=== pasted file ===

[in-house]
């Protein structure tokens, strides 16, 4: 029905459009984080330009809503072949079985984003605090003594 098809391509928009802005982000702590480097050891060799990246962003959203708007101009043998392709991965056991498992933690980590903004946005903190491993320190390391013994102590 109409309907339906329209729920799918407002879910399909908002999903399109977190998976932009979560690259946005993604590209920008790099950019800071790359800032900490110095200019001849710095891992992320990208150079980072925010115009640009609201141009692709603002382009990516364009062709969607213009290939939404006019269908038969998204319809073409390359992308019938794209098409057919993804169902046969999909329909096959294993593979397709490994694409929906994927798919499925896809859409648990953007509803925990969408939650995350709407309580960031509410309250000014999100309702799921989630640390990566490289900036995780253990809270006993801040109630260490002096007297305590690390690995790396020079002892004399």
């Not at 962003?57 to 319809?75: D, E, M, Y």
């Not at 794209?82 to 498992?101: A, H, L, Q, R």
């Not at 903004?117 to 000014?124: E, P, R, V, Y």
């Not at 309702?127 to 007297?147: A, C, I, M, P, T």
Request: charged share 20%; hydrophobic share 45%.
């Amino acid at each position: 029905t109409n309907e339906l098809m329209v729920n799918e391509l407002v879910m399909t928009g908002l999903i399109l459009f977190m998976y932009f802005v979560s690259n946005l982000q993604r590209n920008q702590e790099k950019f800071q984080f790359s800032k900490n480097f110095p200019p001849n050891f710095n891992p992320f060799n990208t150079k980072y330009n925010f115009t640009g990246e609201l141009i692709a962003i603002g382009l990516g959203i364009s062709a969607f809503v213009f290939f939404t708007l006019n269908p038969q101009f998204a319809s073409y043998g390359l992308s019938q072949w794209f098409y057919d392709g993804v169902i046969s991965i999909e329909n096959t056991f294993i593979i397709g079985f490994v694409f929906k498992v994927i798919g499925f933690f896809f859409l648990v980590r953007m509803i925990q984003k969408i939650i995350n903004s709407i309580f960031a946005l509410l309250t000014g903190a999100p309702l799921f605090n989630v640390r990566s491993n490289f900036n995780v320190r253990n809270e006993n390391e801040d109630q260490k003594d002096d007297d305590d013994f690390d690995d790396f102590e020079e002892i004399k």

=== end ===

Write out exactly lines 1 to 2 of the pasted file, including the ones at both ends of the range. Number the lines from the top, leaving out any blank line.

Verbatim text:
[in-house]
């Protein structure tokens, strides 16, 4: 029905459009984080330009809503072949079985984003605090003594 098809391509928009802005982000702590480097050891060799990246962003959203708007101009043998392709991965056991498992933690980590903004946005903190491993320190390391013994102590 109409309907339906329209729920799918407002879910399909908002999903399109977190998976932009979560690259946005993604590209920008790099950019800071790359800032900490110095200019001849710095891992992320990208150079980072925010115009640009609201141009692709603002382009990516364009062709969607213009290939939404006019269908038969998204319809073409390359992308019938794209098409057919993804169902046969999909329909096959294993593979397709490994694409929906994927798919499925896809859409648990953007509803925990969408939650995350709407309580960031509410309250000014999100309702799921989630640390990566490289900036995780253990809270006993801040109630260490002096007297305590690390690995790396020079002892004399």